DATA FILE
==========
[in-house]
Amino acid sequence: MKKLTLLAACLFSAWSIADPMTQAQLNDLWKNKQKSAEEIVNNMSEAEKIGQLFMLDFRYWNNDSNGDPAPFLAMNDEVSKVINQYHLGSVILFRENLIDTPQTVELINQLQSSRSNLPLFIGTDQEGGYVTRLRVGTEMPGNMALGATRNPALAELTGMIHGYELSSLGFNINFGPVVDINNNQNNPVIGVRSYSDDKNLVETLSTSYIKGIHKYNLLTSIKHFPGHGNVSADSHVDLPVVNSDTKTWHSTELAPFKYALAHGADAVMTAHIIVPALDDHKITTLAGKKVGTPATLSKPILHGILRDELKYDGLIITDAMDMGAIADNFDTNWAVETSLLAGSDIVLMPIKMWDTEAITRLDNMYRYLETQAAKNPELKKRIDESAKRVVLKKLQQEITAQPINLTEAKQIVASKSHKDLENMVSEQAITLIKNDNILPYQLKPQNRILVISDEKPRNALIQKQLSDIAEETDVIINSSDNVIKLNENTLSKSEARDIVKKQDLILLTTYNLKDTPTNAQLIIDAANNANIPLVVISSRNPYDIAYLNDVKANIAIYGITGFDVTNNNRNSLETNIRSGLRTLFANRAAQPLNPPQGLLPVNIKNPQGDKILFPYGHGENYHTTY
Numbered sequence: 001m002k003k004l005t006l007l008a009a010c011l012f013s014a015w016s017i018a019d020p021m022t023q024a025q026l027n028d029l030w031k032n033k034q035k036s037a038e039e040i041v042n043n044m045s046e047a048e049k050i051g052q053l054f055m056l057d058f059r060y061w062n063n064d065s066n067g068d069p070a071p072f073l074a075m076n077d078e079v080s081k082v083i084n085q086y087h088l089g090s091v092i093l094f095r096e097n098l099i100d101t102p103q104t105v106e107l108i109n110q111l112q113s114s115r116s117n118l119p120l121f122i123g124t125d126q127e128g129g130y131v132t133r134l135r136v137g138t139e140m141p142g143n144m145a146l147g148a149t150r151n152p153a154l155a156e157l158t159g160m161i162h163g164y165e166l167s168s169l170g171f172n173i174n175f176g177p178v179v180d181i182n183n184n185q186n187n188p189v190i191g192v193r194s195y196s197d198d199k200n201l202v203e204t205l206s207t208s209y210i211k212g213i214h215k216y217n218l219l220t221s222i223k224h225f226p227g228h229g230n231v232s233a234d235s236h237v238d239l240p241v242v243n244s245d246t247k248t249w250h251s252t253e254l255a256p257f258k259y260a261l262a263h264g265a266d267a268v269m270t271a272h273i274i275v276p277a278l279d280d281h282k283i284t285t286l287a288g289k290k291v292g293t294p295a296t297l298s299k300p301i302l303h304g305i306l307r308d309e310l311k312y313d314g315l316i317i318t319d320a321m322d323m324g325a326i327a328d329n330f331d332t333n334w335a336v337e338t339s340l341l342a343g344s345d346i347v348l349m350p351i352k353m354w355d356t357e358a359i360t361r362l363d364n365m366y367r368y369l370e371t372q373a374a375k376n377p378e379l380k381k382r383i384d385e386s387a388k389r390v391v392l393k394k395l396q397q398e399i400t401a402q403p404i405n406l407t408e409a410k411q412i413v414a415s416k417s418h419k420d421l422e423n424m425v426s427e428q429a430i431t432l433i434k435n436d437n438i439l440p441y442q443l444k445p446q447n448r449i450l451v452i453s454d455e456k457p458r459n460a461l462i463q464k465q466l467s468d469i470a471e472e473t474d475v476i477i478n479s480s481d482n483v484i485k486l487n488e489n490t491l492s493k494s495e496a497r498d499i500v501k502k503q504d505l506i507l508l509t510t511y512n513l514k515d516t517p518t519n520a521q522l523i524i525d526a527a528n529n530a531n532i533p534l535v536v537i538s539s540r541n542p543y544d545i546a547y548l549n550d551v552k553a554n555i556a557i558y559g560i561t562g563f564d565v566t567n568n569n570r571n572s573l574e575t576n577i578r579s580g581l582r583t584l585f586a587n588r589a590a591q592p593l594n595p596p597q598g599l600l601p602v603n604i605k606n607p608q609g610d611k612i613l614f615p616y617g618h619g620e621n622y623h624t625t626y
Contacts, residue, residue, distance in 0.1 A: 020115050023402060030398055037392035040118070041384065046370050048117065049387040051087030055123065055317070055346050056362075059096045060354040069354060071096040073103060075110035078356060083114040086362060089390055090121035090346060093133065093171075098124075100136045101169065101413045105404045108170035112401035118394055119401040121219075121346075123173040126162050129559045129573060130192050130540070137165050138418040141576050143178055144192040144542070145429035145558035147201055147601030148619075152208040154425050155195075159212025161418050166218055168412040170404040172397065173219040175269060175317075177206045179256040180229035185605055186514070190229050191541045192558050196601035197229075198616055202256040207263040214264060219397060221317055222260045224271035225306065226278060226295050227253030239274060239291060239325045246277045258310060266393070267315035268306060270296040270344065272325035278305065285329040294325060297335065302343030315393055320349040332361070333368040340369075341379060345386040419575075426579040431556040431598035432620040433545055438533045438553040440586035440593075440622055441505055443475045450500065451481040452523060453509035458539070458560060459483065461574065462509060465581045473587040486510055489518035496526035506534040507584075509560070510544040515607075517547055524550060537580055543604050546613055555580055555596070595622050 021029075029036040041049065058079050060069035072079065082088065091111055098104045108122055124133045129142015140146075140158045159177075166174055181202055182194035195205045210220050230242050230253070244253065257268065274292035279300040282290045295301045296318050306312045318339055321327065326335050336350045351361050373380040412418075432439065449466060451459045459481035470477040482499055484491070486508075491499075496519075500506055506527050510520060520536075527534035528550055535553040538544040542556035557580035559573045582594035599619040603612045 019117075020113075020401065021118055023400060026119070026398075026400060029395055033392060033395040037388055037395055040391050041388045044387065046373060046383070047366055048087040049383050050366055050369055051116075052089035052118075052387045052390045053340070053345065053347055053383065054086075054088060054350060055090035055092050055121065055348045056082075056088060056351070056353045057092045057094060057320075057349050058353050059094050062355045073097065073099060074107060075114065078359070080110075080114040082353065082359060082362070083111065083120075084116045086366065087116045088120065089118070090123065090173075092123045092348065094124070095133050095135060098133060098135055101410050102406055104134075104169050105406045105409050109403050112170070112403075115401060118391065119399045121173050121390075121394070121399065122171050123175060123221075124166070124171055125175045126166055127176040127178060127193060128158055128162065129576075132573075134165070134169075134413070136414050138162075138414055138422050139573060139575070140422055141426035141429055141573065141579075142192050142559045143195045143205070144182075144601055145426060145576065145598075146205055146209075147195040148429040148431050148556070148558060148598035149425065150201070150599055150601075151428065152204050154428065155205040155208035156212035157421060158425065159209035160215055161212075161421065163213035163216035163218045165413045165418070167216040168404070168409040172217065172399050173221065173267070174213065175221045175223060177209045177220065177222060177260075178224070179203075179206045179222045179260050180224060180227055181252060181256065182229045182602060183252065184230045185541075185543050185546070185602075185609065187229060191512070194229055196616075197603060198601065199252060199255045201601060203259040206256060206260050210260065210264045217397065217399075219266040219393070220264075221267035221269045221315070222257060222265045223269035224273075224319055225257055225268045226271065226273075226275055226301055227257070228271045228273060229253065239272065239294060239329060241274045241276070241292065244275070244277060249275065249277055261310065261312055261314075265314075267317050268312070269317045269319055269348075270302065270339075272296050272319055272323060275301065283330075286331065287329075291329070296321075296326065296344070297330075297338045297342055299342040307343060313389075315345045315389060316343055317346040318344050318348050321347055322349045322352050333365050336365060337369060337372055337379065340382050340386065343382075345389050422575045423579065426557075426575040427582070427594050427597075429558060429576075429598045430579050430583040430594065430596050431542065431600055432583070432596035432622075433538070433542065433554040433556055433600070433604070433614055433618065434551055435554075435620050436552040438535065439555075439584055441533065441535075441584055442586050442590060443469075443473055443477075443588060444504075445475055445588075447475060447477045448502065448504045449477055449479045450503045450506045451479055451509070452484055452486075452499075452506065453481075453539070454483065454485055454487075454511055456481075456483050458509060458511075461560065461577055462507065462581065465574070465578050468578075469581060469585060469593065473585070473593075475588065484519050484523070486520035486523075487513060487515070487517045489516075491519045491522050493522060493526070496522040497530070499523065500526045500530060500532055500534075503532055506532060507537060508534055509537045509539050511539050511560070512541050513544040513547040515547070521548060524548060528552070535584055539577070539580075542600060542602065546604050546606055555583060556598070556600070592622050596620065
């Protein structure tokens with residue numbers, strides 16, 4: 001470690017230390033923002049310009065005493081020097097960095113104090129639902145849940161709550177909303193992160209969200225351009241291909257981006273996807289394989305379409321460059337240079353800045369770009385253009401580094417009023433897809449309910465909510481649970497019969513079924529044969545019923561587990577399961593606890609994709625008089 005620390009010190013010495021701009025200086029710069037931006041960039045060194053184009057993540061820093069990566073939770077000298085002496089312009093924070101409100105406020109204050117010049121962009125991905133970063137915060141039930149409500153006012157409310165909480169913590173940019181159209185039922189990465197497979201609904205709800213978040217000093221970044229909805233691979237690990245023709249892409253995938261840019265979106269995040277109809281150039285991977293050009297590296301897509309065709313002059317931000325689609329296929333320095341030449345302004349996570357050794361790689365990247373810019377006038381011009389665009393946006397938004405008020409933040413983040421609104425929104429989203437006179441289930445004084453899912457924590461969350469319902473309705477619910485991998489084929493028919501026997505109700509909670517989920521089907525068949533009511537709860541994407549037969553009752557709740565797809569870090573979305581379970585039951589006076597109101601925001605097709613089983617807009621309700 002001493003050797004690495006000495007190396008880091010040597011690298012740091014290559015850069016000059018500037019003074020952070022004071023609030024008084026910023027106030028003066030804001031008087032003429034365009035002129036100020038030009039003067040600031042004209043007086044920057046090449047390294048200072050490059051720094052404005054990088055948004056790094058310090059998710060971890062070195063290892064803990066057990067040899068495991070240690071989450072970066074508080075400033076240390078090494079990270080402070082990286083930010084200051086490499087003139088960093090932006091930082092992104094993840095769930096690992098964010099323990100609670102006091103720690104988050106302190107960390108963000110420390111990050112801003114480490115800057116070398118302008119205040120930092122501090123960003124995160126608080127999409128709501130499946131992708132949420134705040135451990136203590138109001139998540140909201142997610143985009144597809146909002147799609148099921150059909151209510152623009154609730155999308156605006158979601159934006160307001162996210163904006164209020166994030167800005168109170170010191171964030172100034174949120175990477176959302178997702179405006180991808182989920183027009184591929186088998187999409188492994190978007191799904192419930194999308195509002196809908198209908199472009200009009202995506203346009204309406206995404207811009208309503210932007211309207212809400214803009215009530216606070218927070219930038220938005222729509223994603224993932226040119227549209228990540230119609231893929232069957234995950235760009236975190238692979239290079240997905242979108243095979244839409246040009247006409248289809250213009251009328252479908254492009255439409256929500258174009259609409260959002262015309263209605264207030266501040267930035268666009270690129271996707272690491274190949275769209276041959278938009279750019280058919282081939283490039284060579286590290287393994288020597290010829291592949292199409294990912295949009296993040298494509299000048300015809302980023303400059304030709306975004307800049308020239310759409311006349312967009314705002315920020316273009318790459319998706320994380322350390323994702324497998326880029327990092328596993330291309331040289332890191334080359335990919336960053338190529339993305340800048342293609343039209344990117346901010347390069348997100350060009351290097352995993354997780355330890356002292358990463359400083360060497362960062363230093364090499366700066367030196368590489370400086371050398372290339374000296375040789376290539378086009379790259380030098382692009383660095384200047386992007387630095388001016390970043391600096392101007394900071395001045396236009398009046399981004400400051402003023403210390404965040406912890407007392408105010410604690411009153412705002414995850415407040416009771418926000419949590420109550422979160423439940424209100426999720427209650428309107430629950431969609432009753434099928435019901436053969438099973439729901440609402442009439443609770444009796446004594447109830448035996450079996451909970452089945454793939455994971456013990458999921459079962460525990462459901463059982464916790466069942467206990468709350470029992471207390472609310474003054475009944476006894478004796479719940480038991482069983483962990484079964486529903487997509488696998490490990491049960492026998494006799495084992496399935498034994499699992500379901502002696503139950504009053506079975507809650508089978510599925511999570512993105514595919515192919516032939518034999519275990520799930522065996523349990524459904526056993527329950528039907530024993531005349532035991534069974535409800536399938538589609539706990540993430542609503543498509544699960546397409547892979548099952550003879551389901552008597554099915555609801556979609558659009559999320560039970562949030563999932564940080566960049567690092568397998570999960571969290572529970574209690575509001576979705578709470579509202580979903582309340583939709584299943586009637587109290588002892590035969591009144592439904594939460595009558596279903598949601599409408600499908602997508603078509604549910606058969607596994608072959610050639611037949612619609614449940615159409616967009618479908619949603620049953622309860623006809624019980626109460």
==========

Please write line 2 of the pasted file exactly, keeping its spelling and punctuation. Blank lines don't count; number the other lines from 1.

Amino acid sequence: MKKLTLLAACLFSAWSIADPMTQAQLNDLWKNKQKSAEEIVNNMSEAEKIGQLFMLDFRYWNNDSNGDPAPFLAMNDEVSKVINQYHLGSVILFRENLIDTPQTVELINQLQSSRSNLPLFIGTDQEGGYVTRLRVGTEMPGNMALGATRNPALAELTGMIHGYELSSLGFNINFGPVVDINNNQNNPVIGVRSYSDDKNLVETLSTSYIKGIHKYNLLTSIKHFPGHGNVSADSHVDLPVVNSDTKTWHSTELAPFKYALAHGADAVMTAHIIVPALDDHKITTLAGKKVGTPATLSKPILHGILRDELKYDGLIITDAMDMGAIADNFDTNWAVETSLLAGSDIVLMPIKMWDTEAITRLDNMYRYLETQAAKNPELKKRIDESAKRVVLKKLQQEITAQPINLTEAKQIVASKSHKDLENMVSEQAITLIKNDNILPYQLKPQNRILVISDEKPRNALIQKQLSDIAEETDVIINSSDNVIKLNENTLSKSEARDIVKKQDLILLTTYNLKDTPTNAQLIIDAANNANIPLVVISSRNPYDIAYLNDVKANIAIYGITGFDVTNNNRNSLETNIRSGLRTLFANRAAQPLNPPQGLLPVNIKNPQGDKILFPYGHGENYHTTY